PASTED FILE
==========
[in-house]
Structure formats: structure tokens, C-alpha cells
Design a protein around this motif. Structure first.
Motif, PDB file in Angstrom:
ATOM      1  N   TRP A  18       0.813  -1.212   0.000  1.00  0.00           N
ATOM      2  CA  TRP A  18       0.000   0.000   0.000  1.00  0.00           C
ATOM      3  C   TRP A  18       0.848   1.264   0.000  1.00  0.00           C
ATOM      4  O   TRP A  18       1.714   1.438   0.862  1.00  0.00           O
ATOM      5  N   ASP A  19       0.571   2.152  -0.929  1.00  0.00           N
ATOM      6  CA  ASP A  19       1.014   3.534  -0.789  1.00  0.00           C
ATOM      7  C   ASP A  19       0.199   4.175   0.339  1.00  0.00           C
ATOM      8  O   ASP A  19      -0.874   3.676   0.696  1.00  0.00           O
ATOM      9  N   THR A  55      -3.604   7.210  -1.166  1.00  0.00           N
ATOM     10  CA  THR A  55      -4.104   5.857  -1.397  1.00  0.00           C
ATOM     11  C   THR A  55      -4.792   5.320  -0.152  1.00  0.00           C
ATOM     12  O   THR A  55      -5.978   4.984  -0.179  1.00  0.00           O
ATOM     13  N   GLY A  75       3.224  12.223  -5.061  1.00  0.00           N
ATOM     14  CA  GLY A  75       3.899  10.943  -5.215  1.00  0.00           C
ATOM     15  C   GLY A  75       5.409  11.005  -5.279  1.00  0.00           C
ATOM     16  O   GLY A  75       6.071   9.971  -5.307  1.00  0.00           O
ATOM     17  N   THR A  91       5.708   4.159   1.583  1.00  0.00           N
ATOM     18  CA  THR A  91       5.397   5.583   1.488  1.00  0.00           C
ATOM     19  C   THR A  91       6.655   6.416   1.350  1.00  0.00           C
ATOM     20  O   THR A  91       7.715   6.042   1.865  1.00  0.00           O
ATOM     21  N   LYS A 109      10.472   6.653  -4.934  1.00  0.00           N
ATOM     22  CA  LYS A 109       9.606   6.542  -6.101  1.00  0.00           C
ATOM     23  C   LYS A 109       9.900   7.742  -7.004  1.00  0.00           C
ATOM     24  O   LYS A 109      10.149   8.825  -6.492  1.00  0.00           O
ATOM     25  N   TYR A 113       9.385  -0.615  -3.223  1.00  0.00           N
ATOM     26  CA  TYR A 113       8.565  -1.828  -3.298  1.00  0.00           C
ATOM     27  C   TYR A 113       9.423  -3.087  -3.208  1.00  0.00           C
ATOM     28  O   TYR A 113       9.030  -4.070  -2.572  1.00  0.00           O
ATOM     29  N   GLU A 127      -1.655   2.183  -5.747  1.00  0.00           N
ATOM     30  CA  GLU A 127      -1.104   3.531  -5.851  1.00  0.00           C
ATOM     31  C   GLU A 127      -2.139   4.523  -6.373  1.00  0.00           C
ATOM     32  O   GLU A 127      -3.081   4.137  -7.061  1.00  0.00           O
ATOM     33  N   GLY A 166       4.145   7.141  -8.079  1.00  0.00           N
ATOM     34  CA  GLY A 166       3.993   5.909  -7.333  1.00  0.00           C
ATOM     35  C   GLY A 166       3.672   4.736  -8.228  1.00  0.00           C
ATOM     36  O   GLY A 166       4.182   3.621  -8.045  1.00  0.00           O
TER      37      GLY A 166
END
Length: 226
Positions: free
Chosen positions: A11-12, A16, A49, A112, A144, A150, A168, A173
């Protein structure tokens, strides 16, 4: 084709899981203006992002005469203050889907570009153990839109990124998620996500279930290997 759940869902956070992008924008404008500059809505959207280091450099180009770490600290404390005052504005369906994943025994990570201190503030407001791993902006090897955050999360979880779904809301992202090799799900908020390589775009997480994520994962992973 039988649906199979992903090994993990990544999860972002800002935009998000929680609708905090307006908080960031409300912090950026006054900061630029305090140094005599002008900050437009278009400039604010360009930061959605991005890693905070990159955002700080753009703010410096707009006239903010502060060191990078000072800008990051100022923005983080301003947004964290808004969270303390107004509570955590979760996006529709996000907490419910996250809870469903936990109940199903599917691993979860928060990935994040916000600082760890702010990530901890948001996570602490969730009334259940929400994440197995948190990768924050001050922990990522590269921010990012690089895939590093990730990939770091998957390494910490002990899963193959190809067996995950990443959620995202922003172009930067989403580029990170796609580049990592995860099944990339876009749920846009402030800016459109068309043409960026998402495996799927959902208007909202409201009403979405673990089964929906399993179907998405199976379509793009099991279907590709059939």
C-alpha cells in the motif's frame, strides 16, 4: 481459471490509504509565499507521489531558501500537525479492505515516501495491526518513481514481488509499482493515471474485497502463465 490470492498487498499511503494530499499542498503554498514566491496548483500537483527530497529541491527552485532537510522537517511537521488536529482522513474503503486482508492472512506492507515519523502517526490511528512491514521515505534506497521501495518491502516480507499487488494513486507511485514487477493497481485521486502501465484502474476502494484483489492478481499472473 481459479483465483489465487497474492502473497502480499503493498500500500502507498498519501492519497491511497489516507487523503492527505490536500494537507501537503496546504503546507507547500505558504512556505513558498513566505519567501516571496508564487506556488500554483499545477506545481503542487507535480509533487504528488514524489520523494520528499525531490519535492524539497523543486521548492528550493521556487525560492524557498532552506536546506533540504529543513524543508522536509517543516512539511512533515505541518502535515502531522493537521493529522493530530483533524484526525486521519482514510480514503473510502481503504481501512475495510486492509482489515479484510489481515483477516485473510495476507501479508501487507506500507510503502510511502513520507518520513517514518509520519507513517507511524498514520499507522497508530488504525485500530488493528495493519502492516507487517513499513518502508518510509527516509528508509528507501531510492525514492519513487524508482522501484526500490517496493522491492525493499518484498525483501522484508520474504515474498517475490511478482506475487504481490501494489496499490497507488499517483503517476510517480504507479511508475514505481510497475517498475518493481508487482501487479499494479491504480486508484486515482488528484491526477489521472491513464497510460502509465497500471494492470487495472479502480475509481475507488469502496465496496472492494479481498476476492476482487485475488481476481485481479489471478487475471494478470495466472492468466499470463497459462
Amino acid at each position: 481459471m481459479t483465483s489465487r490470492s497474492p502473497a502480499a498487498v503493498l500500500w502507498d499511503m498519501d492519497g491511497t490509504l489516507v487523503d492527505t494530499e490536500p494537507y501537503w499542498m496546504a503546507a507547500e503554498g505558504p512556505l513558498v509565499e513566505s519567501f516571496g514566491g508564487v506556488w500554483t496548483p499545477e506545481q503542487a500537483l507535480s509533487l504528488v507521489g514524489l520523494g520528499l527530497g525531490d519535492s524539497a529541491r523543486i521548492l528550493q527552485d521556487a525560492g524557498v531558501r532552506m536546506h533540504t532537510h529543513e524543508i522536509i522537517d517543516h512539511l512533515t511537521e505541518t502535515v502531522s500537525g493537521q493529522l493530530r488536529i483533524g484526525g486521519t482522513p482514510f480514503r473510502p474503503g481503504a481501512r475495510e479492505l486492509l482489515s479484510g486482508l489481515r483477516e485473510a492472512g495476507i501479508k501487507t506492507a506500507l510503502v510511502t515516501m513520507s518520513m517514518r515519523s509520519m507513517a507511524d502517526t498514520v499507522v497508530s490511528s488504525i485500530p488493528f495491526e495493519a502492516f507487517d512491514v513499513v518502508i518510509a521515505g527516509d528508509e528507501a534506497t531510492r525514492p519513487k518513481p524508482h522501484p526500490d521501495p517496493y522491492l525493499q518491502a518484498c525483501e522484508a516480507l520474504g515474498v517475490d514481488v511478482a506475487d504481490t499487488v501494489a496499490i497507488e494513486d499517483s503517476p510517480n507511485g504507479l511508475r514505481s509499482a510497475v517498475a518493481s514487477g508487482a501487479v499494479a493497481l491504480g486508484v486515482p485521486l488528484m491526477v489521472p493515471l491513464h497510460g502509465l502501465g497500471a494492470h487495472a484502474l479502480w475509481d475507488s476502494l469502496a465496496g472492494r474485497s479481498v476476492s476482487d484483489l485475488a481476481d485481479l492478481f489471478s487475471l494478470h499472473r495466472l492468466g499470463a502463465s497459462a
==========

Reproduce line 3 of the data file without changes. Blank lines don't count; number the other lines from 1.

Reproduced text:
Design a protein around this motif. Structure first.